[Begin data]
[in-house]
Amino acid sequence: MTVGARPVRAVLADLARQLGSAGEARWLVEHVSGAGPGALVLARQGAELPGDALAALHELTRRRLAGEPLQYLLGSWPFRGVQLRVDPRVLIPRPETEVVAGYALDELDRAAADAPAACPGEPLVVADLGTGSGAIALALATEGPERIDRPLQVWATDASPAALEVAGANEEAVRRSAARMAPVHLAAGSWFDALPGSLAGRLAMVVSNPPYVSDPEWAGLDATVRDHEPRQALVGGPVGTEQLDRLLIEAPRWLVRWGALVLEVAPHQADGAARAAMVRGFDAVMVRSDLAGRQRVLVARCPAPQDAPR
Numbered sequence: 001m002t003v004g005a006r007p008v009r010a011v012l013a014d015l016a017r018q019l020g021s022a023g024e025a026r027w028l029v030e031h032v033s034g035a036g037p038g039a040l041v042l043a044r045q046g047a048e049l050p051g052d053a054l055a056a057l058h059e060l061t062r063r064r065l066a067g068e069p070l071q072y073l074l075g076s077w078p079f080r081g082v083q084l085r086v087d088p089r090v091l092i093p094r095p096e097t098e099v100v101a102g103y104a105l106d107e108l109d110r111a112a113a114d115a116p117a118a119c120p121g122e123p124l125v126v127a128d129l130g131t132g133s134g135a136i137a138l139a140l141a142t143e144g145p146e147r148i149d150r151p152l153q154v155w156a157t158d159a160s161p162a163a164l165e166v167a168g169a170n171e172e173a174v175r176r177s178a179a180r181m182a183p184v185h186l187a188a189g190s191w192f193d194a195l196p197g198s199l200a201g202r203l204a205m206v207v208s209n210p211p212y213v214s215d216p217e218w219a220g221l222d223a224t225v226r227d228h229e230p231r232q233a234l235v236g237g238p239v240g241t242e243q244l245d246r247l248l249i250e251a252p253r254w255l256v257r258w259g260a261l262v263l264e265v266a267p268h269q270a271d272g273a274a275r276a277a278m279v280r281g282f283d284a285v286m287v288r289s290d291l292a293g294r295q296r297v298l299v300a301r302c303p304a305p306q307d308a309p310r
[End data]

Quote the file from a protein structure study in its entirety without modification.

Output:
[in-house]
Amino acid sequence: MTVGARPVRAVLADLARQLGSAGEARWLVEHVSGAGPGALVLARQGAELPGDALAALHELTRRRLAGEPLQYLLGSWPFRGVQLRVDPRVLIPRPETEVVAGYALDELDRAAADAPAACPGEPLVVADLGTGSGAIALALATEGPERIDRPLQVWATDASPAALEVAGANEEAVRRSAARMAPVHLAAGSWFDALPGSLAGRLAMVVSNPPYVSDPEWAGLDATVRDHEPRQALVGGPVGTEQLDRLLIEAPRWLVRWGALVLEVAPHQADGAARAAMVRGFDAVMVRSDLAGRQRVLVARCPAPQDAPR
Numbered sequence: 001m002t003v004g005a006r007p008v009r010a011v012l013a014d015l016a017r018q019l020g021s022a023g024e025a026r027w028l029v030e031h032v033s034g035a036g037p038g039a040l041v042l043a044r045q046g047a048e049l050p051g052d053a054l055a056a057l058h059e060l061t062r063r064r065l066a067g068e069p070l071q072y073l074l075g076s077w078p079f080r081g082v083q084l085r086v087d088p089r090v091l092i093p094r095p096e097t098e099v100v101a102g103y104a105l106d107e108l109d110r111a112a113a114d115a116p117a118a119c120p121g122e123p124l125v126v127a128d129l130g131t132g133s134g135a136i137a138l139a140l141a142t143e144g145p146e147r148i149d150r151p152l153q154v155w156a157t158d159a160s161p162a163a164l165e166v167a168g169a170n171e172e173a174v175r176r177s178a179a180r181m182a183p184v185h186l187a188a189g190s191w192f193d194a195l196p197g198s199l200a201g202r203l204a205m206v207v208s209n210p211p212y213v214s215d216p217e218w219a220g221l222d223a224t225v226r227d228h229e230p231r232q233a234l235v236g237g238p239v240g241t242e243q244l245d246r247l248l249i250e251a252p253r254w255l256v257r258w259g260a261l262v263l264e265v266a267p268h269q270a271d272g273a274a275r276a277a278m279v280r281g282f283d284a285v286m287v288r289s290d291l292a293g294r295q296r297v298l299v300a301r302c303p304a305p306q307d308a309p310r